Frugality builds character

“I think frugality and a simple lifestyle are effective ways to cope, morally and psychologically, with the temptations of the modern consumerist world.”  Wise and timely words from Lee Wei Ling, Director of the National Neuroscience Institute, daughter of Minister Mentor Lee Kuan Yew, and a Christian.

Thank God she was able today to share her reflections in yesterday’s edition of The Sunday Times, page 31.  Lee goes on to add that “extravagant banquets, expensive wines, designer clothes shoes and handbags – all these things are wasteful.”  Perhaps not always, but they do indeed become “wasteful” when our expenditures on luxuries beyond our needs deprive us of true riches which can only be received through the spiritual disciplines of self-denial.  Lee thus quotes from Romans 5:3-4 to remind us how the Bible “commends suffering:”  “We glory in tribulation also, knowing that tribulation worketh patience, and patience, experience, and experience, hope.”

But we should also recall the preceding verse which reads, “we have peace with God through our Lord Jesus Christ, through whom we have obtained access to this grace in which we stand.”  “Grace” is the big buzz word today; a true spiritual gem but is becoming more and more re-invented into a doctrine that calls believers to a life of self-indulgence rather than self-denial.  The marketing teams of this re-invented doctrine have forgotten that even greater than God’s grace is God’s love.

The Bible does not describe God as “grace,” but it does describe God as love.  God is love.  So in love God pours out His grace, to empower us not towards self-indulgence, but to self-denial.  He pours out His grace to enable us to deny our self, pick up our cross, and follow Jesus.  I say this without reserve:  if any man chooses to differ on this point— if any professing Christian chooses to differ on this point, he or she is not preaching the gospel of Jesus.  He or she is not preaching the gospel of grace.  He or she is rather cheapening the gospel of grace.  He or she is reinventing the gospel into something else than the gospel of Christ.

But the true doctrine of grace recognizes grace as a verb.  It is active and is flowing of God’s love.  Grace is God’s love flowing downward.  So when we are truly caught up in God’s grace, we too also naturally flow downward, and want to flow downward, because that is the true nature of God’s love.  We freely let go, and want to free give because we have been “graced” by God.  We have been “graced” by God because as Paul says in Romans 5:5, “God’s love has been poured into our hearts.”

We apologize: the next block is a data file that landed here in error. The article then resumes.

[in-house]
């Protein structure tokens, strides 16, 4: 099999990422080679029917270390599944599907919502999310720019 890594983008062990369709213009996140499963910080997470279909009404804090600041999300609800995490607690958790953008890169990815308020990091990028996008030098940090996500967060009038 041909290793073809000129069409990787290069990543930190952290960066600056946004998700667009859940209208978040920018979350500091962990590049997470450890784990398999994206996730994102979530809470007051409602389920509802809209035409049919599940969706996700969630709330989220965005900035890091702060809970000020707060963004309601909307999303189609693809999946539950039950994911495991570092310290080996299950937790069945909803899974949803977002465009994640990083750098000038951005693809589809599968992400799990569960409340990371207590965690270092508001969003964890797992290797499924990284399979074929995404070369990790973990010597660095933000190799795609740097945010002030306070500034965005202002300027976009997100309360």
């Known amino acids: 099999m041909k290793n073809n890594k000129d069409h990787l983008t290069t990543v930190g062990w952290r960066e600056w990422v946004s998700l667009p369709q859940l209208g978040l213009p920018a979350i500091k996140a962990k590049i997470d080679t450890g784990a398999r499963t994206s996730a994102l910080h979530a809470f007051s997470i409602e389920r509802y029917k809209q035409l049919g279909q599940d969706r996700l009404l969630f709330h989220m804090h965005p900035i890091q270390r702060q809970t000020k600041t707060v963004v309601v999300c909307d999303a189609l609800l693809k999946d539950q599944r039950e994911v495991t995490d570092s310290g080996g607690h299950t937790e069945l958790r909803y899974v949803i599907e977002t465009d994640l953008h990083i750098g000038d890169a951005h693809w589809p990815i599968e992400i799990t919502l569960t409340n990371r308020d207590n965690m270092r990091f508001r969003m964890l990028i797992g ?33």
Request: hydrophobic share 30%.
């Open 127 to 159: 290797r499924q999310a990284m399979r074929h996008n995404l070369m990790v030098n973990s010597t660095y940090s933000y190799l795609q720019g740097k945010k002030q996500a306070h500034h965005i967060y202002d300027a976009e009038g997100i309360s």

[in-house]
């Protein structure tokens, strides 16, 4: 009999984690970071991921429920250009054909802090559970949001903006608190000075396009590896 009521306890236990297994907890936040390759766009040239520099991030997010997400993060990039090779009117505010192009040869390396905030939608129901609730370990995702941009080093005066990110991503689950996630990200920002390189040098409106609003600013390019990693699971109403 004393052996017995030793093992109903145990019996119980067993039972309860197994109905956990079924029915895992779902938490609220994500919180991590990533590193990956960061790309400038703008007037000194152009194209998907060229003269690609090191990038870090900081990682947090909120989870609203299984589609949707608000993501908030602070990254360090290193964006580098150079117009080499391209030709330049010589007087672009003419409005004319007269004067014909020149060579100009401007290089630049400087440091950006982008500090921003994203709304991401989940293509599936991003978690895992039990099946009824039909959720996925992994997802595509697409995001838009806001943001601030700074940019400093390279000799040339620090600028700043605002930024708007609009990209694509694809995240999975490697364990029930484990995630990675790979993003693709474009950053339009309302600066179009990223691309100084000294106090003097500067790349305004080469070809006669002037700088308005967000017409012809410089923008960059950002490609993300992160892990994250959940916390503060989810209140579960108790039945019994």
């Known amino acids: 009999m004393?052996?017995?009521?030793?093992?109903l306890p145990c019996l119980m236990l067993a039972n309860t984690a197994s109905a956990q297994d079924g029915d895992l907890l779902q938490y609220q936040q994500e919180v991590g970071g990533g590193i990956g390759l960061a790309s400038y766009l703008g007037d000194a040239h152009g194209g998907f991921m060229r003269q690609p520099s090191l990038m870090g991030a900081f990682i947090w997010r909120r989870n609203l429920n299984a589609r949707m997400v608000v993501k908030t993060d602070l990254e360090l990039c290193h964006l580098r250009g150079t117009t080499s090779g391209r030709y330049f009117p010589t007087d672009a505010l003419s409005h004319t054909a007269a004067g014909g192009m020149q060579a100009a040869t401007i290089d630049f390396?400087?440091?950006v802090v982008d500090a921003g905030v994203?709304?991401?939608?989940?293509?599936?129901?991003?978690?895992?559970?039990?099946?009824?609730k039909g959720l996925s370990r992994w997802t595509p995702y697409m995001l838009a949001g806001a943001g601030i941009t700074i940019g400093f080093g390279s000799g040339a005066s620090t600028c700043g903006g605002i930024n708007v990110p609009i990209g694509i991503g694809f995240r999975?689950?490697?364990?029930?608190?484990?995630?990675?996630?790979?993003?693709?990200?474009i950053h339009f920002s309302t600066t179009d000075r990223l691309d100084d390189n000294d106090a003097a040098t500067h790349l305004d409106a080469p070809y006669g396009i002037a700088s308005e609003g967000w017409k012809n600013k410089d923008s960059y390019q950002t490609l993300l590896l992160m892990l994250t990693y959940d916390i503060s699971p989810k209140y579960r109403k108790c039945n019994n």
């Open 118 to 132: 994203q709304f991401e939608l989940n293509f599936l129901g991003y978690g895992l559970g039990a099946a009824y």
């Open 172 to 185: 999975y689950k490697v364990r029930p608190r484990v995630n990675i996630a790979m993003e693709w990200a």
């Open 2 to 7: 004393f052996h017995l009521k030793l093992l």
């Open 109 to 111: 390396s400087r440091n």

Furthermore, a true doctrine of grace cheerfully proclaims that God gives us grace to sustain us when He then fully sends us into experiences of “tribulation.”          In His love, God even sometimes “deprives” of what we want.  He does so for our own good because as our Father He knows best what is good for us.  Lee therefore adds that “There is benefit to be derived from a certain degree of deprivation and even suffering.  Many of the things we like in excess are bad for us – for example, fatty meats, chocolates and alcohol.  Over and above denying ourselves such pleasures, outright suffering is not always bad, and in moderation, is good character training.”

Ms Lee finally concludes her reflection by saying, “I have been through a fair amount of suffering in my life mainly because of my health.  If I had been given a choice to be spared the experience, I would actually have chosen to go through it because suffering taught me lessons no teacher or book can ever teach me.  As the ancients of various traditions knew, tribulation worketh character.”  I hope that Ms Lee receives a greater platform to shares this truly Christian perspective towards suffering, self-denial, sanctification, God, Jesus, the Holy Spirit, and following Jesus in His paths of spiritual discipline, which truly lead to spiritual transformation.


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